Reducing hospital readmissions requires just the right mix of clinical expertise and predictive analytics. Here are two health systems that are hitting their stride.
Reducing hospital readmissions requires just the right mix of clinical expertise and predictive analytics, according to industry experts. Here are two health systems that are hitting their stride.
James Hunter, MD, chief medical officer at Atrium Health, formerly Carolinas HealthCare System, says the large healthcare system with hospitals, emergency departments, urgent care centers, and medical practices in North Carolina and South Carolina began its journey to reduce readmissions in 2010. At that time, it focused on providing the best care to patients in the acute-care setting.
About three years into that journey, it became clear that focusing solely on the acute-care setting wasn’t enough. That’s why, in 2013, the health system began using predictive analytics to learn the types of supports patients needed outside the hospital or emergency department.
Today, its EHR leverages 42 different variables-which include clinical and socioeconomic information-to determine if a patient falls into one of three categories: low, medium, or high risk of readmission.
Much of this information is captured in patient interviews by case workers. Case workers are able to determine, for example, if patients are able to afford their medications, are experiencing food insecurity, have support from family members at home, and access to transportation for follow-up appointments.
“More and more, these are the things impacting readmissions-it’s not about whether a doctor put a congestive heart failure patient on a statin,” says Hunter.
One program that has grown out of Atrium Health's predictive analytics program is its “Heart Success” program. High-risk patients are seen in a multidisciplinary cardiology transition clinic for 30 days by cardiologists with experience treating patients with congestive heart failure, in addition to nurses, social workers, and pharmacists.
Patients who live within a 45-minute drive to the cardiology transition clinic in Charlotte, NC, receive care in person. Patients further away receive virtual visits facilitated by nurses who come to their homes.
After being seen at the cardiology transition clinic for 30 days, patients are returned to the care of their primary care physicians, who are briefed on their patients’ status through the EHR, says Hunter.
At that point, patients have a lot more knowledge about their disease, the signs and symptoms to look for, and people to call if there’s a problem, he adds.
As a result of this and other programs, Atrium Health has been able to reduce its readmission rate for congestive heart failure patients from 19% to 15%. Hunter notes that this is 10% below the national average of 25%.
Next: University of Kansas Health System
About 960 miles away in Kansas City, KS, David Wild, MD, vice president of lean promotion at the University of Kansas Health System, says the academic medical center was driven to improve its readmission rate when it learned that other hospitals within the Vizient network-of which his facility is a member-were achieving better outcomes. Vizient is a member-driven performance improvement company.
While the healthcare system’s readmission results were always better than the national average, Wild says the healthy competition led him and his team to seek improvements.
They decided to use predictive analytics because of their practical knowledge that many patients were being readmitted because of socioeconomic and other factors. For example, often patients lacked certain resources, such as housing and family members who could take care of them after they were released.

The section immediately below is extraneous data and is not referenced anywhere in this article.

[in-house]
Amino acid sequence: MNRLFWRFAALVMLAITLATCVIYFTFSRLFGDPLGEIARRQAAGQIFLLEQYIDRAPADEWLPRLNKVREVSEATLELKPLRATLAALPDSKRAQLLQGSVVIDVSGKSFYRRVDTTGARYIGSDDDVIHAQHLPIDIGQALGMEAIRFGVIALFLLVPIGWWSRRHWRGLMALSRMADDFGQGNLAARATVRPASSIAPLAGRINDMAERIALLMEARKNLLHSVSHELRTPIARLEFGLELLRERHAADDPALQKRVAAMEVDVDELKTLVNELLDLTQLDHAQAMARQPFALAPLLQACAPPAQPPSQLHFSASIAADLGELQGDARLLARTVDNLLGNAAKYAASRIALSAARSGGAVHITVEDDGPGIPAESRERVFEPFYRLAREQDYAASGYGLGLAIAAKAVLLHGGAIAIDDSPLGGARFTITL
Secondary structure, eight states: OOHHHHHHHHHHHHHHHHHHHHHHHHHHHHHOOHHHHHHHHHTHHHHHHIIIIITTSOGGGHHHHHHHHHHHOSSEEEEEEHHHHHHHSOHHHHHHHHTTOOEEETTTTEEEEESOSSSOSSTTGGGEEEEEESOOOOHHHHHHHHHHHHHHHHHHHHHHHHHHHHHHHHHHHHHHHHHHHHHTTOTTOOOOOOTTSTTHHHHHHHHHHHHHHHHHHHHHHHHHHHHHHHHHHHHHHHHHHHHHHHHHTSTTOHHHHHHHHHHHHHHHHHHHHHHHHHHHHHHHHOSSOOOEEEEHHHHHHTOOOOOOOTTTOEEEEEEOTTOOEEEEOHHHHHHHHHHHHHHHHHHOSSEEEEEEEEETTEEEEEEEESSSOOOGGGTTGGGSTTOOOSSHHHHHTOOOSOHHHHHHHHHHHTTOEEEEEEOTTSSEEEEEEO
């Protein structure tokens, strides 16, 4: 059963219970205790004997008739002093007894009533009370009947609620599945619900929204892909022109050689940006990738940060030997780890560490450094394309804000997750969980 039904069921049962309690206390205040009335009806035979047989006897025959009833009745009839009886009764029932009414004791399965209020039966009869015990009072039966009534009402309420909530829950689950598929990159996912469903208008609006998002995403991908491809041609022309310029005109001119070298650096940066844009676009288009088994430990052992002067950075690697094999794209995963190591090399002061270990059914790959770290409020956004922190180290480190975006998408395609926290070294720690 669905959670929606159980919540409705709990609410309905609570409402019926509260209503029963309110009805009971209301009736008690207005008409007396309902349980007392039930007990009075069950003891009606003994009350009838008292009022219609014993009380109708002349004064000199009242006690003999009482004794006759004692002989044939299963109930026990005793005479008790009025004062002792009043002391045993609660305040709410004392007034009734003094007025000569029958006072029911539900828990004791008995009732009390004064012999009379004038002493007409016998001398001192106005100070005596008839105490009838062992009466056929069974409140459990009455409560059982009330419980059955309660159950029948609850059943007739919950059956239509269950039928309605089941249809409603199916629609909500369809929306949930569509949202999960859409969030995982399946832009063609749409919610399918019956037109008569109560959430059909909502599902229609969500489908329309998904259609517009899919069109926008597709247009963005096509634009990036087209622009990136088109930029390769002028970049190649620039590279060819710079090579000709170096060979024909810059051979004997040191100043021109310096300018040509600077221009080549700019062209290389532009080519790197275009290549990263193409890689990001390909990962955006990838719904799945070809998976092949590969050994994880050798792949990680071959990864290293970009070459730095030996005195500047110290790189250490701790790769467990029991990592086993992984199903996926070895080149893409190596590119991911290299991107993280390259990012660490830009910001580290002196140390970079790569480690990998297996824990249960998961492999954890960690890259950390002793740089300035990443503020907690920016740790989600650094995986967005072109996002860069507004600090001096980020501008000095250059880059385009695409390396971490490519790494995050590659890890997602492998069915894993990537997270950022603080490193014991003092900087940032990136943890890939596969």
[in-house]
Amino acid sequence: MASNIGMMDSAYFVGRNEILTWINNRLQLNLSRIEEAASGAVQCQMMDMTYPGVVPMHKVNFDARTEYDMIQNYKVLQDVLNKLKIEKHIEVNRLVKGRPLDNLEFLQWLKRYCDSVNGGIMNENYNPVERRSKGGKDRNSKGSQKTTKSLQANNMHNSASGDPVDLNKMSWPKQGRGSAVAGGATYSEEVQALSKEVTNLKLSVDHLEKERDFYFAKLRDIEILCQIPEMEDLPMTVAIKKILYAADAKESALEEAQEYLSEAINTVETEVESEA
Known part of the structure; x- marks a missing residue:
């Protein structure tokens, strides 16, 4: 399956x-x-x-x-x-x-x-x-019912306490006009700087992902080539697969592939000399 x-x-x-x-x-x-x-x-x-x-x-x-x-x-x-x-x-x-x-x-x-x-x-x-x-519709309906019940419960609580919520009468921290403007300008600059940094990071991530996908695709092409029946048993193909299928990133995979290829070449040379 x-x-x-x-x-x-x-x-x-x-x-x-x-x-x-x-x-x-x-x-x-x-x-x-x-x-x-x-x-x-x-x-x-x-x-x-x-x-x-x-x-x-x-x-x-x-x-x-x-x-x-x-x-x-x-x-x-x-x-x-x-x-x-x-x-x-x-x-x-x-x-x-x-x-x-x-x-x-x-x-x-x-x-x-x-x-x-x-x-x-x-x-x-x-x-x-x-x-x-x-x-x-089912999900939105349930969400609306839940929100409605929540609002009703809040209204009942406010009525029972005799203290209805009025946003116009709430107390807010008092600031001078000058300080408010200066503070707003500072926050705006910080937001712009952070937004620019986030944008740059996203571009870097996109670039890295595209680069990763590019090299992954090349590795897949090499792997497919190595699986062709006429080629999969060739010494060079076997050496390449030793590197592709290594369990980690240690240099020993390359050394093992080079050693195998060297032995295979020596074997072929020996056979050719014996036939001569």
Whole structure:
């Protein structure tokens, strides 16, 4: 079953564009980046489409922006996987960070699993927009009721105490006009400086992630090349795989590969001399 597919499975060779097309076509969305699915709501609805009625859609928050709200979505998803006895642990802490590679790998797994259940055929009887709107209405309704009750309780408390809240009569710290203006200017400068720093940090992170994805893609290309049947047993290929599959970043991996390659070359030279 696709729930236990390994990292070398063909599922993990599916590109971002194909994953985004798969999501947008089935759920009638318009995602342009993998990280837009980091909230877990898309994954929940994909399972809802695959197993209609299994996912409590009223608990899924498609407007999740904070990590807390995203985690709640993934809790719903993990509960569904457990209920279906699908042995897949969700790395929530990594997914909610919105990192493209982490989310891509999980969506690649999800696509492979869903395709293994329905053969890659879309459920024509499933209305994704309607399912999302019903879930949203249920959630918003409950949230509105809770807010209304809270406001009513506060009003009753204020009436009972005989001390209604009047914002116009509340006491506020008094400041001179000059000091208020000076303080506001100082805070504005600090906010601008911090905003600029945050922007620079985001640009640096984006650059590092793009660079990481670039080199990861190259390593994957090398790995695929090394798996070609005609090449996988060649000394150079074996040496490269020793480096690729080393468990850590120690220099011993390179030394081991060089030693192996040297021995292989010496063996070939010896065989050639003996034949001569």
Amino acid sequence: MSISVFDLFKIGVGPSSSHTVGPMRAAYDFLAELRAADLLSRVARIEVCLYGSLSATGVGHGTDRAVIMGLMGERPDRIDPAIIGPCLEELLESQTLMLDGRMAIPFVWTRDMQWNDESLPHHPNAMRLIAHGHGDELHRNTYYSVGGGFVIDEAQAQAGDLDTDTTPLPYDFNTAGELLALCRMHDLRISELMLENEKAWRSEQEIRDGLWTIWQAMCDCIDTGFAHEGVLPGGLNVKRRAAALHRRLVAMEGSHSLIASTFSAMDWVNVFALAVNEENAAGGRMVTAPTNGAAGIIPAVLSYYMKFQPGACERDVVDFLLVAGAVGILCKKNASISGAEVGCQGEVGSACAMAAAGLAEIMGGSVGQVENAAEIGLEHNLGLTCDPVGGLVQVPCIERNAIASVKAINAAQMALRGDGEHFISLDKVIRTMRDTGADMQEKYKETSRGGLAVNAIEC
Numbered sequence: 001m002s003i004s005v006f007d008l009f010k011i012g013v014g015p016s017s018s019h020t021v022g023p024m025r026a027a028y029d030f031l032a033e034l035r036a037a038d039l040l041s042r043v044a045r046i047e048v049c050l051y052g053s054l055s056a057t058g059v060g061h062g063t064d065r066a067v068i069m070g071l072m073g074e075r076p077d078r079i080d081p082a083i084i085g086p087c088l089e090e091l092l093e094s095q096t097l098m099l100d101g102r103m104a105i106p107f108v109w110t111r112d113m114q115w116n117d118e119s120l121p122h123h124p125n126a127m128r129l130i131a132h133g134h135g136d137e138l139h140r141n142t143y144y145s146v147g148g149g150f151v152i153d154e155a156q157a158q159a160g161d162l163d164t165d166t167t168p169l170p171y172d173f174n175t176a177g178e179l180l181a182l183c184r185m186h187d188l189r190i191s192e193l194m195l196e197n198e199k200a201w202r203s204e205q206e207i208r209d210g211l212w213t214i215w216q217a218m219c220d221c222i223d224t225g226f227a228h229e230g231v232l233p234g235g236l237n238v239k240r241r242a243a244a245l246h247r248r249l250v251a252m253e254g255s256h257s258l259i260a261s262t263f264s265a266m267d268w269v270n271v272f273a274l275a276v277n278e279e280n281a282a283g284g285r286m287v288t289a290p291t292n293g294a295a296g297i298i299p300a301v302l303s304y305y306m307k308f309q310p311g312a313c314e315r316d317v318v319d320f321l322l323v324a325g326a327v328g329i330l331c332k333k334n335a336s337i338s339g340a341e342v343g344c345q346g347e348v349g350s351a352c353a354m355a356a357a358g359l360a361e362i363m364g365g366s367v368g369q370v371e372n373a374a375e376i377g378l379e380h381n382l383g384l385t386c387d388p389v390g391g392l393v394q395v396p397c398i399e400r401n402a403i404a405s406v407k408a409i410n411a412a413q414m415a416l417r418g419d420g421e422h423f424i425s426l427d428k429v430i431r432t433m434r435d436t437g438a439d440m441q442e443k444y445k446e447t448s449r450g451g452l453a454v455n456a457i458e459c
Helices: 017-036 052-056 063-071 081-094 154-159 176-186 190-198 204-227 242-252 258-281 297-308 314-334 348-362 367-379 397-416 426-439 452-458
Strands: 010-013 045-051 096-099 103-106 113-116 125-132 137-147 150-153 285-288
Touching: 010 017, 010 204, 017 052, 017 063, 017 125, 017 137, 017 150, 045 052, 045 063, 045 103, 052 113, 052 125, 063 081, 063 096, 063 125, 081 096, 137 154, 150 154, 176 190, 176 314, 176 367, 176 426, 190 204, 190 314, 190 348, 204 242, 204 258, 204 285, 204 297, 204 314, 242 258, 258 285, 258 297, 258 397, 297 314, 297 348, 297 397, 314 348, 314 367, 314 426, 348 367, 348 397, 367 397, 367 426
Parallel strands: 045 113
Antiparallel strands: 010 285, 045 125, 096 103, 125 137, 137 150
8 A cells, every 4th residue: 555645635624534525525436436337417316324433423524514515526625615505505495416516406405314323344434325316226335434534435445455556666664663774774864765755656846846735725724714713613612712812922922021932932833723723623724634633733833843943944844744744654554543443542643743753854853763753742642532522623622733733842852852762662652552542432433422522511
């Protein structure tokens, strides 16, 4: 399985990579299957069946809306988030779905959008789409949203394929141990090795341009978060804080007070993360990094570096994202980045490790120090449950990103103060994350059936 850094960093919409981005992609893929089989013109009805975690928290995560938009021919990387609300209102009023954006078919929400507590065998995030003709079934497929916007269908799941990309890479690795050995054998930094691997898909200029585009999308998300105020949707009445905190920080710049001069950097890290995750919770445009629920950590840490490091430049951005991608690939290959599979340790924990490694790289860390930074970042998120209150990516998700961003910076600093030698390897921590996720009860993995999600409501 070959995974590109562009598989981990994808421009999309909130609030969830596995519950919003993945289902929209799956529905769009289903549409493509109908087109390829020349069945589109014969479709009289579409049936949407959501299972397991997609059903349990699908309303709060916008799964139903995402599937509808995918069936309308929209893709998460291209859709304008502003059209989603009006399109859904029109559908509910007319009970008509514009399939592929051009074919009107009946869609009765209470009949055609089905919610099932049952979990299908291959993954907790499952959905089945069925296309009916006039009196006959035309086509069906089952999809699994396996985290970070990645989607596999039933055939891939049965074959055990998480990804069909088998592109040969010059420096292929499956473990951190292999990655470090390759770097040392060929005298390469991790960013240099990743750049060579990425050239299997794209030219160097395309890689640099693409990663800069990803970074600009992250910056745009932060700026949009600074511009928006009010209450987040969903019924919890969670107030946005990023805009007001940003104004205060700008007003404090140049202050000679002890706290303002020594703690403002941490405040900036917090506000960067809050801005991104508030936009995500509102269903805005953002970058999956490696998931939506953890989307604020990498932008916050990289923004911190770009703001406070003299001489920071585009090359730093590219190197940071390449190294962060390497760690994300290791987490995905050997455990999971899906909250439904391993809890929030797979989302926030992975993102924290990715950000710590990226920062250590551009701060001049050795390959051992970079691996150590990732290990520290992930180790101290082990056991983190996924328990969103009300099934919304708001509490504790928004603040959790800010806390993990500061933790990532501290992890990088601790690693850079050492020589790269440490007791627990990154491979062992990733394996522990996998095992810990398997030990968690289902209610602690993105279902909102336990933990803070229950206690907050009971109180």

The health system uses a variety of data-from laboratory results to a “random smattering,” such as the day of the week the patient is admitted and insurance plan information.
One of the “biggest clinical changes” the hospital has made as a result of this analysis is to improve care transitions by providing more detailed discharge information to patients earlier.
For example, congestive heart failure patients now learn earlier in their hospital stay that having too much fluid in their system is a problem-and that they need to be very careful about the amount of sodium they consume. As patients get closer to discharge, they meet with nurses and a pharmacist to learn that they’ll need to weigh themselves regularly to assess weight gain, which could be a sign that they’re retaining or losing water and indicate that the heart isn’t functioning properly.
High-risk congestive heart failure patients learn upon discharge that they will have follow-up appointments within three days and another follow-up appointment within seven days, says Wild. These patients receive a phone call from their care team within 24 hours of discharge, and subsequent calls from a nurse or a social worker to transition them to the home environment.
The team’s use of predictive analytics also showed that patients taking no medications are more likely to be readmitted than those taking many medications. That surprised Wild and his team.
While they can’t prove it yet, they believe patients who are prescribed and taking a variety of medications may be more aware of their condition and understand more fully why they are taking medications. Patients without medications may not know as much about their conditions and are ripe for education. Wild hopes to validate this theory by testing it in his predictive analytics models.
As a result of these and other efforts, the University of Kansas Health System has reduced its readmission rate for congestive heart failure patients from 21% to 14%, with isolated incidents when the health system performed better, he says.
Aine Cryts is a writer based in Boston.